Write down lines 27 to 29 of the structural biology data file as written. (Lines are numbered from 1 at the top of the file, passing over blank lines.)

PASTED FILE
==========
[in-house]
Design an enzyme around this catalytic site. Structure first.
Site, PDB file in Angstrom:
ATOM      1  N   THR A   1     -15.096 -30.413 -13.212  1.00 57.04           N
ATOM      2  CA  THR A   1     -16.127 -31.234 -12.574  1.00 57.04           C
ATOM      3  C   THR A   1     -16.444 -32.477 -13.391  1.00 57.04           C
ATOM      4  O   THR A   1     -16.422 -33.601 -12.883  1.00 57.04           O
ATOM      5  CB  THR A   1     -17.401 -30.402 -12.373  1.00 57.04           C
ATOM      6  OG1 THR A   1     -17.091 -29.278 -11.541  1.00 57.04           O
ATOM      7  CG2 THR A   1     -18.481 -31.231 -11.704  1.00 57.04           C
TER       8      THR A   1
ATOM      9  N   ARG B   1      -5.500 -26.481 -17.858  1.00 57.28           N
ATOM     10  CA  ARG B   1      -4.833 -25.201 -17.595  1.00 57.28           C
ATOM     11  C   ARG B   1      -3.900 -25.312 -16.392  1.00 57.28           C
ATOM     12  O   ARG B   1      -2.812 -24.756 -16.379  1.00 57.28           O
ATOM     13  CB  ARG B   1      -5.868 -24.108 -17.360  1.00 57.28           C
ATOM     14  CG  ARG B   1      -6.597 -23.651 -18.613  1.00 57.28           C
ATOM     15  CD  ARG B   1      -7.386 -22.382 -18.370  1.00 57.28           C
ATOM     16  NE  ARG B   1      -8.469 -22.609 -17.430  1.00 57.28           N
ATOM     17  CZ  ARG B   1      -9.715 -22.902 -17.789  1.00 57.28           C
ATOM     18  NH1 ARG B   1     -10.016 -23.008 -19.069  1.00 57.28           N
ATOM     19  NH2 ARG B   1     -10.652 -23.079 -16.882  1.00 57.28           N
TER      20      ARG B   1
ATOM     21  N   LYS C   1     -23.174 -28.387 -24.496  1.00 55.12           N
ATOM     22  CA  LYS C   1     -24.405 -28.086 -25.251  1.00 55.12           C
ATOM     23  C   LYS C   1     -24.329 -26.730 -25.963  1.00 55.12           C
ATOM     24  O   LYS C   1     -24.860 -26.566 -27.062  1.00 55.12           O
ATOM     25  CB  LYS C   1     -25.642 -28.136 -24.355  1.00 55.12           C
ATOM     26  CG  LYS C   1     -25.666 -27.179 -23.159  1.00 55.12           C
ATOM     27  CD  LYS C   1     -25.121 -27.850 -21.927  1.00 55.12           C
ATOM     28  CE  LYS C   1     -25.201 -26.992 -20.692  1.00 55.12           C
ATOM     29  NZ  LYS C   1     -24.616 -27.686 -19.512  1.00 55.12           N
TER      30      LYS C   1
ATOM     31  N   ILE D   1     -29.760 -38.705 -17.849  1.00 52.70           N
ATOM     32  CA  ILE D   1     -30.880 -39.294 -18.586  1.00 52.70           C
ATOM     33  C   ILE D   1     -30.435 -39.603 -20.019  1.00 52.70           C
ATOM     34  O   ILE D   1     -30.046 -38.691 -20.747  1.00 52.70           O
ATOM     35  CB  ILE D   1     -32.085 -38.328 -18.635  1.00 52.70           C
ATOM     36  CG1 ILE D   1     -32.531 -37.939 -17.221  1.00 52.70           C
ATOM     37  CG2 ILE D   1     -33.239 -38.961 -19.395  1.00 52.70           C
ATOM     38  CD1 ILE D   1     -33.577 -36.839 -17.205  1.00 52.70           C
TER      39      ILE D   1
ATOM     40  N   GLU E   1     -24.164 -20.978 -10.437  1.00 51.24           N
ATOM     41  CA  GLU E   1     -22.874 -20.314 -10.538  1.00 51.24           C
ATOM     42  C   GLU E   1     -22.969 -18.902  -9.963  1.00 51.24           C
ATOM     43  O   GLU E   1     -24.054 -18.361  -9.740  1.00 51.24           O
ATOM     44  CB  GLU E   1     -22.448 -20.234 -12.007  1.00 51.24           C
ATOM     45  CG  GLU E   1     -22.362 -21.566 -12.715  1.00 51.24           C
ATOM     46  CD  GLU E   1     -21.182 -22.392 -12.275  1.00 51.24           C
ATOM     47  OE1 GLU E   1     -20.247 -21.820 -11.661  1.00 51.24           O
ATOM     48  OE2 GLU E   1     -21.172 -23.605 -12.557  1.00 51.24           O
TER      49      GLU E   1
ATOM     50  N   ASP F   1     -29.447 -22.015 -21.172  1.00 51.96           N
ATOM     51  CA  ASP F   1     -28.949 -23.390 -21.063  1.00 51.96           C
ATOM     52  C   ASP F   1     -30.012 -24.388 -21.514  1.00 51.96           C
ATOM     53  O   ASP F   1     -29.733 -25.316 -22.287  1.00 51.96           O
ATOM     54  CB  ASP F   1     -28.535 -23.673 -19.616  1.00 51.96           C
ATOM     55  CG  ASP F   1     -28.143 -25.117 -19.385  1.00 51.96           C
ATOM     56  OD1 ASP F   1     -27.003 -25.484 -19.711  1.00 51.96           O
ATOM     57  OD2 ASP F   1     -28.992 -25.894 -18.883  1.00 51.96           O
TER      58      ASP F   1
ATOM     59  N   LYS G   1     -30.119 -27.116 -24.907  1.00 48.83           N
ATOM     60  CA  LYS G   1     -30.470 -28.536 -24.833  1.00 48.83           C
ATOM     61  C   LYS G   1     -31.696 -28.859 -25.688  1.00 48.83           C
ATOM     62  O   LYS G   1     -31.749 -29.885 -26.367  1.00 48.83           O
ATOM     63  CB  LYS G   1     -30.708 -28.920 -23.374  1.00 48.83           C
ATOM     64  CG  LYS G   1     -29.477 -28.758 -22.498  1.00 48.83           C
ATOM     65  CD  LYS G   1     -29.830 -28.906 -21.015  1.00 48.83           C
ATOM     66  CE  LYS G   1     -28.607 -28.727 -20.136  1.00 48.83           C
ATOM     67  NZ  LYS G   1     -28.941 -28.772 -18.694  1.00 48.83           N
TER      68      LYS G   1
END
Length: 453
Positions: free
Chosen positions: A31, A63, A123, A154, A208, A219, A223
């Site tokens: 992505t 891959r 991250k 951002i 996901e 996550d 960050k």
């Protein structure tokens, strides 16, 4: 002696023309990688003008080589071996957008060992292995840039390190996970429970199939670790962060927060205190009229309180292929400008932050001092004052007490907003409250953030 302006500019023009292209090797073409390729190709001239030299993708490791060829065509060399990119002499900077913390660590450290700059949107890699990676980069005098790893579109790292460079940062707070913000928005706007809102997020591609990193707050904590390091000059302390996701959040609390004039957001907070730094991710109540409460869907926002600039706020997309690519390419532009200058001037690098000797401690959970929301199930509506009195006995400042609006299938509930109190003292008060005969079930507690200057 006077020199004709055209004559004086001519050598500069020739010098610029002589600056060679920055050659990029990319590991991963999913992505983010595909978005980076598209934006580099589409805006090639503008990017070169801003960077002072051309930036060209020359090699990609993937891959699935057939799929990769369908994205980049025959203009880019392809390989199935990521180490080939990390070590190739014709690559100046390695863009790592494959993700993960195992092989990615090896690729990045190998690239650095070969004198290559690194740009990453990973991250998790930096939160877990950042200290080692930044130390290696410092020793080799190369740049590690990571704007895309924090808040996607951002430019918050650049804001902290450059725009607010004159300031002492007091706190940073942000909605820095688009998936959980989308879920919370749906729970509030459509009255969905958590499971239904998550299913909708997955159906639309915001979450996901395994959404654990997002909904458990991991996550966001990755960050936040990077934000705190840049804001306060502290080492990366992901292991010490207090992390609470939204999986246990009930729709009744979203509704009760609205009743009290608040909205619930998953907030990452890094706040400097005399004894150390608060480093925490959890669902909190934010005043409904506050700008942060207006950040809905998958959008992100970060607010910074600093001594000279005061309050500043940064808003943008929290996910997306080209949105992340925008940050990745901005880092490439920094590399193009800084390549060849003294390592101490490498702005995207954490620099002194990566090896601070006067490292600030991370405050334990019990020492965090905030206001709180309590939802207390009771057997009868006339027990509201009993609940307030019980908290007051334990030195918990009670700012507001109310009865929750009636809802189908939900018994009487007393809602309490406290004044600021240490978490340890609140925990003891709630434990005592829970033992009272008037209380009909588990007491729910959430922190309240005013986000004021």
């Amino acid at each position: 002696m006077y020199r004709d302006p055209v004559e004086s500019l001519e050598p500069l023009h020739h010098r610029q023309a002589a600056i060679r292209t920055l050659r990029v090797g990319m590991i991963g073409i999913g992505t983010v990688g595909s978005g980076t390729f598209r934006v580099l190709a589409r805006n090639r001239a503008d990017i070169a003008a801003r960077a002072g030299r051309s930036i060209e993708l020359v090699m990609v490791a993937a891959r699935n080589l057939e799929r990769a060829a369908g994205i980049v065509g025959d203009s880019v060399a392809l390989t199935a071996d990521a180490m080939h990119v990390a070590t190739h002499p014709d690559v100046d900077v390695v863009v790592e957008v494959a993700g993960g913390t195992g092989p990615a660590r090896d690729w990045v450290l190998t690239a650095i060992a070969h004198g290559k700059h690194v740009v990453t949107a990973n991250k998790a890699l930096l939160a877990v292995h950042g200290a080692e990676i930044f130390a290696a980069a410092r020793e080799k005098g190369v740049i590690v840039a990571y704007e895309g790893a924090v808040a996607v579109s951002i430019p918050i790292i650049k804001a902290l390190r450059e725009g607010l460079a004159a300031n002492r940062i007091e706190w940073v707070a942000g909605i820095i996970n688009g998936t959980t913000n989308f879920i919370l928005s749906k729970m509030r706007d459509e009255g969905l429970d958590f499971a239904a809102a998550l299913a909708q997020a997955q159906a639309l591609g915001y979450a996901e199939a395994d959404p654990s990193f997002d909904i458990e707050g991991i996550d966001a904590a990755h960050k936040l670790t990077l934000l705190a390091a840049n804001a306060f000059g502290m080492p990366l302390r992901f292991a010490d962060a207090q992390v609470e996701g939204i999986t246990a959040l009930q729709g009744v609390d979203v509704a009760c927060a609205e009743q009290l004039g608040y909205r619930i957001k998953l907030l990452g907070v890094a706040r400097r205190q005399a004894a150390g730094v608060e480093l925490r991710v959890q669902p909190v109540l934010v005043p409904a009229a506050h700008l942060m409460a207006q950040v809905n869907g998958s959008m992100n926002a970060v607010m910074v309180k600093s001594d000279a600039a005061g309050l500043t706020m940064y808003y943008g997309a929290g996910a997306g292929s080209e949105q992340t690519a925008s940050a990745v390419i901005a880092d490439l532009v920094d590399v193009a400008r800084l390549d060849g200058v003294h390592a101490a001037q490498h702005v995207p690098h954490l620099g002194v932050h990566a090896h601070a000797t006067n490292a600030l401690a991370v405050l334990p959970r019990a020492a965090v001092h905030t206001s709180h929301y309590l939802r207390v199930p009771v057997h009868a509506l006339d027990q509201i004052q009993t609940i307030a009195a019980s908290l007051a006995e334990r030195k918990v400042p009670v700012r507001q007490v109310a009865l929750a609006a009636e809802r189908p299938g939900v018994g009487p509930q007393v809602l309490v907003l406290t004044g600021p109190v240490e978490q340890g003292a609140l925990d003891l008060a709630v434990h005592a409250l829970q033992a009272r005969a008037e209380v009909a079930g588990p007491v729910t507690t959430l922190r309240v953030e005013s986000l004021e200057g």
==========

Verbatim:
ATOM     24  O   LYS C   1     -24.860 -26.566 -27.062  1.00 55.12           O
ATOM     25  CB  LYS C   1     -25.642 -28.136 -24.355  1.00 55.12           C
ATOM     26  CG  LYS C   1     -25.666 -27.179 -23.159  1.00 55.12           C